The SC had passed last ye ar’s order after Diwali in view of the high level of pollution, saying the city was “smogged“ into an environmental emergency of unseen proportions. The ban continued till September 12 when the court modified its order and allowed limited sale of firecrackers but banned import from other states.
While the court had in its September order said there was a need for a balanced and graded approach to controlling pollution rather than radical steps, the proceedings took a different turn on Monday . The bench noted there were several factors contributing to a pollution crisis in the city and the extent of the adverse impact of bursting of firecrackers needs to be ascertained.
“We are of the view that the order suspending the licences should be given one chance to test itself in order to find out as to whether there would be positive effect of this suspension, particularly during the Diwali period. Insofar as adverse effects of burning of crackers during Diwali are concerned, those have been witnessed year after year. The air quality deteriorates abysmally and alarmingly and the city chokes. It leads to closing the schools and the authorities are compelled to take various measures on emergent basis, when faced with health emergency situation,“ the bench said.
“This very situation had occurred on the very next morning after Diwali in the year 2016. It resulted in passing the order dated November 11, 2016.This order prevailed during the year but the impact and effect of this order remains to be tested on Diwali days. Going by these considerations, we are of the opinion that the judgement dated September 12, 2017 passed by this court should be made effective only from November 1,“ it said.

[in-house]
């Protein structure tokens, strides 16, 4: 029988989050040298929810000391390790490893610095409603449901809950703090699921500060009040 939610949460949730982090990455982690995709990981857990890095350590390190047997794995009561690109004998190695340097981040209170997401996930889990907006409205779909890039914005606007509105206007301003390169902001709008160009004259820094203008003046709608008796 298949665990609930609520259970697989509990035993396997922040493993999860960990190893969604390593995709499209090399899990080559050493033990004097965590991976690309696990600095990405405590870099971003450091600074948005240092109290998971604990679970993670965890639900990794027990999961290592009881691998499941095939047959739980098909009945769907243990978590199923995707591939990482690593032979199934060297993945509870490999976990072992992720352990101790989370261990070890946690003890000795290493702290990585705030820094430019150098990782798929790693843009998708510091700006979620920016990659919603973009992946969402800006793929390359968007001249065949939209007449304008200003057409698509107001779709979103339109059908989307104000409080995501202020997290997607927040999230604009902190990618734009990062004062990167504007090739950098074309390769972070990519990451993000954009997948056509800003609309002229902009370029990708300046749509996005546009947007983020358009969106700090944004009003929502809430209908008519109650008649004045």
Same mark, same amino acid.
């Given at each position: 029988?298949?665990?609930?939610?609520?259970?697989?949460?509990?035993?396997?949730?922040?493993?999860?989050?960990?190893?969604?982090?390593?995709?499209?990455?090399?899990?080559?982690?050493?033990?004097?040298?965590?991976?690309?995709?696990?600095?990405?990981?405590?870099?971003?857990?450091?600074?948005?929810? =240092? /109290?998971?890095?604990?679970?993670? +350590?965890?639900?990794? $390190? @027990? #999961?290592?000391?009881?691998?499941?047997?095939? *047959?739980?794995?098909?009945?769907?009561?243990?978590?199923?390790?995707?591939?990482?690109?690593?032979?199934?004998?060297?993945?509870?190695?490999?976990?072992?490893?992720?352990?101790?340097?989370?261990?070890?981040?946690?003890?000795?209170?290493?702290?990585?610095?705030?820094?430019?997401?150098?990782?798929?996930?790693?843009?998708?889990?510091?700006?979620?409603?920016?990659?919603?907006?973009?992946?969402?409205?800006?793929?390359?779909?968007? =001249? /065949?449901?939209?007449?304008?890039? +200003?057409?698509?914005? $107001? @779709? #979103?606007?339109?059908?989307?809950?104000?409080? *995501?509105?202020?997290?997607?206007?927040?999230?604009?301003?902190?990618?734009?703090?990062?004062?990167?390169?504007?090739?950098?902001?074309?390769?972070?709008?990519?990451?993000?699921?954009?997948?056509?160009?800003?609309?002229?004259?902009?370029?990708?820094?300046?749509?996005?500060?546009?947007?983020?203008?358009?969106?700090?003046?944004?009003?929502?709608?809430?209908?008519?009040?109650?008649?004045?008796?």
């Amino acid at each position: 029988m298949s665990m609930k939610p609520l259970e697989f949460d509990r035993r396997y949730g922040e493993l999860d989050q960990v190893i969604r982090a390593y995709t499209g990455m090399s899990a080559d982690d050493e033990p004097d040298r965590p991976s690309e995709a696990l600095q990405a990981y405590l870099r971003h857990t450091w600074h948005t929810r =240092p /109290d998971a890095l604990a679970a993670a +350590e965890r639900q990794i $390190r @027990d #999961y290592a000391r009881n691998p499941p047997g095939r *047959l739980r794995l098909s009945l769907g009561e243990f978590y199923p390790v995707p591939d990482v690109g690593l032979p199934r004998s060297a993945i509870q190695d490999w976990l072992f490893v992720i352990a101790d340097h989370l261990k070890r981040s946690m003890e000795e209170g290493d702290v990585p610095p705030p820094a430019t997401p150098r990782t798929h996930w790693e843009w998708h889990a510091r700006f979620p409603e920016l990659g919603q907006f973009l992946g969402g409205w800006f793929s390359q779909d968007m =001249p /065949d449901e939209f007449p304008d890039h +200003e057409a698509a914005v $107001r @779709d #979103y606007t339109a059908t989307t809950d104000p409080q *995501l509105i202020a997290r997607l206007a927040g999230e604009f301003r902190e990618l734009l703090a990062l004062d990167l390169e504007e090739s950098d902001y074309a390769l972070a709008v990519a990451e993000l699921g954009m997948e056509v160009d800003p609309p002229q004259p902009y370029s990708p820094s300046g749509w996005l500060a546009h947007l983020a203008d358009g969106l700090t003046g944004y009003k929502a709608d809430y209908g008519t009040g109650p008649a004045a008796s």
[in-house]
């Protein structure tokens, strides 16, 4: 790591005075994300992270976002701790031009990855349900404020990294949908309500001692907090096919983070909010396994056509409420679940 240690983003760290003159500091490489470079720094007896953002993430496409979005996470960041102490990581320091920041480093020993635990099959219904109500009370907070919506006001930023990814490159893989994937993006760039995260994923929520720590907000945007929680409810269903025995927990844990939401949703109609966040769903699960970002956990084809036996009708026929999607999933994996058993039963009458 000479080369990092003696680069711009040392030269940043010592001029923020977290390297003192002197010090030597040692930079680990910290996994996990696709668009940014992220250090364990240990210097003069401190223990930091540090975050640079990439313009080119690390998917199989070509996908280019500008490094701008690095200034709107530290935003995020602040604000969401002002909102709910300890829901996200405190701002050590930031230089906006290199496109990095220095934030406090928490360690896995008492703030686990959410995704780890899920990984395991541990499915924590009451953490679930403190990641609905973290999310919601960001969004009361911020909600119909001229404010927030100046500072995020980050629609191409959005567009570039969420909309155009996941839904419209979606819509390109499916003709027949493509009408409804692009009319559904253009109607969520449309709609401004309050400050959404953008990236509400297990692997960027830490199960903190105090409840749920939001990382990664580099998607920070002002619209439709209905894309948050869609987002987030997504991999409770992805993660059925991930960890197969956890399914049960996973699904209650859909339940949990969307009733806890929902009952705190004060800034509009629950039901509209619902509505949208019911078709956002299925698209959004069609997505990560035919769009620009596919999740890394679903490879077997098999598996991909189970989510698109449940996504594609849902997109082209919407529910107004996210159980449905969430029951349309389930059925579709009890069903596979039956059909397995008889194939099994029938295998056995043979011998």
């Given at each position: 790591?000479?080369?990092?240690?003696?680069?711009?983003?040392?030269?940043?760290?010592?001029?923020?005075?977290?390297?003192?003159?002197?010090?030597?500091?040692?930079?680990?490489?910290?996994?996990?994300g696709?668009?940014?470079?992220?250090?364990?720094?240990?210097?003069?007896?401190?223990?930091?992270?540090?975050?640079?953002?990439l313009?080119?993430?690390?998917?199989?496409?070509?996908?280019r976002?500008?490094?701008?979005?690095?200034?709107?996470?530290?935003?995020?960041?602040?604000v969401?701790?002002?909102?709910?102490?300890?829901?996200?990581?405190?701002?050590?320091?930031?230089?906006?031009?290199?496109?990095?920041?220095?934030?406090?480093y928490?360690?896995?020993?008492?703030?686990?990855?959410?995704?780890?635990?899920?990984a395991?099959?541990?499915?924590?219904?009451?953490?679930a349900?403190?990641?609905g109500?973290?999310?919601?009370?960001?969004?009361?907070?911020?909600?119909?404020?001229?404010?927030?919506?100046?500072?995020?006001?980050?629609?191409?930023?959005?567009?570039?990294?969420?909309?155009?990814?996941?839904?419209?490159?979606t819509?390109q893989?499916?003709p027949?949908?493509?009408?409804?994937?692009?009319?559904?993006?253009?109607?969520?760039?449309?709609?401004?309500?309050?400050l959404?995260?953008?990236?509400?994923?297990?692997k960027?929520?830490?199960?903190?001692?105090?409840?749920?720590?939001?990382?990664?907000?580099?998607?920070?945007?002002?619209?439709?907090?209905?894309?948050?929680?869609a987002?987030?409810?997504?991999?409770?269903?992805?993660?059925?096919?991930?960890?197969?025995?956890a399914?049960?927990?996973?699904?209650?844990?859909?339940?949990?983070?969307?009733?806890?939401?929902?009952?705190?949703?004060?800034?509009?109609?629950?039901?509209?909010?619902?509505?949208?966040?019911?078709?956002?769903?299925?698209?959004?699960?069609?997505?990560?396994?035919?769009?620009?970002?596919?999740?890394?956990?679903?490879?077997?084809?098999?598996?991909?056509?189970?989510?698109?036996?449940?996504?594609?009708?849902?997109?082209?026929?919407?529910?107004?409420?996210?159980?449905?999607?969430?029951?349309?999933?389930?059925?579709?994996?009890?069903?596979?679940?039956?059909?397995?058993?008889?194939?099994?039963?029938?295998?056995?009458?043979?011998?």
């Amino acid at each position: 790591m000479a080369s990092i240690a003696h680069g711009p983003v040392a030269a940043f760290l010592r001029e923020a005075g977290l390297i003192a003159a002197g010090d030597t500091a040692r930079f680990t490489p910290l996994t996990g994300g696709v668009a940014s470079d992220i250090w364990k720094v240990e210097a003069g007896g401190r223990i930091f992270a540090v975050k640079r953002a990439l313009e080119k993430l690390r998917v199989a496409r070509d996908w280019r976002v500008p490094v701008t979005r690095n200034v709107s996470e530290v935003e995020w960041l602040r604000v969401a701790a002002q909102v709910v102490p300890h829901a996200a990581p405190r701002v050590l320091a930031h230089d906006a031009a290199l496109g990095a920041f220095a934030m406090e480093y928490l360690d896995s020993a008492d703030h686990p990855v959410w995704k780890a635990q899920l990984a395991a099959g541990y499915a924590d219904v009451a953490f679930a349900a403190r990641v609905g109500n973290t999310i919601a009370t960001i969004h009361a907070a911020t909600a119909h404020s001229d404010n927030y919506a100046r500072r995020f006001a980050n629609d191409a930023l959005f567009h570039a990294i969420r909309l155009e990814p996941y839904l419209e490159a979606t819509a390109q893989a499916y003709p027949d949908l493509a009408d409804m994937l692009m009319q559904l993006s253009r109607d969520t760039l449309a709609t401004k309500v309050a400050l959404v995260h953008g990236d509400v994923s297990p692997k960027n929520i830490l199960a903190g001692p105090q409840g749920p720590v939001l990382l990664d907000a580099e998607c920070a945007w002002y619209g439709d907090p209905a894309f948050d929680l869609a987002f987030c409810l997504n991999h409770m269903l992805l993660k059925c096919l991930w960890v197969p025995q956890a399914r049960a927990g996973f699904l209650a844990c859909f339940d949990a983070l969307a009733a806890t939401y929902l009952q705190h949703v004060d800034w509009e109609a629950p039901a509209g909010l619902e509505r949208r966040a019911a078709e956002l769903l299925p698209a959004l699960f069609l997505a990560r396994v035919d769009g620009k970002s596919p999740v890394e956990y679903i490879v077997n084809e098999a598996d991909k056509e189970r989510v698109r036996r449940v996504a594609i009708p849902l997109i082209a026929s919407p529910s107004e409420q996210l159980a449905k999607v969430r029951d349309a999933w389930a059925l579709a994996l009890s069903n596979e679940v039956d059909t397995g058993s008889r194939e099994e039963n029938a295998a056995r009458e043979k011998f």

Holding that there is “virtually a consensus“ in society that crackers should not be burnt in Diwali with govern ments, NGOs and others carrying a campaign against them, the court said, “Irony is that when causes are brought in the court, there is resistance from certain quarters.“
Delhi police spokesperson, Dependra Pathak, meanwhile, appealed to people to adhere to the rules. “We will start prosecuting violators as soon as possible,“ said Pathak.
The court had previously held that there was no conclusive proof that extremely poor quality of air in Delhi last winter, which pushed SC to pass a ban order, was the result only of bursting of fireworks around Diwali.
This paper has been at the forefront of the campaign for cleaner air. We, therefore, welcome the seriousness with which the Supreme Court is seized of the matter. But we wish the re-imposition of the ban had come earlier, instead of so close to Diwali. It’ll affect thousands of traders and shopkeepers. What are they to do with the inventories they are already carrying or the orders they have placed and cannot cancel at the last minute? We should spare a thought for them during this festive season.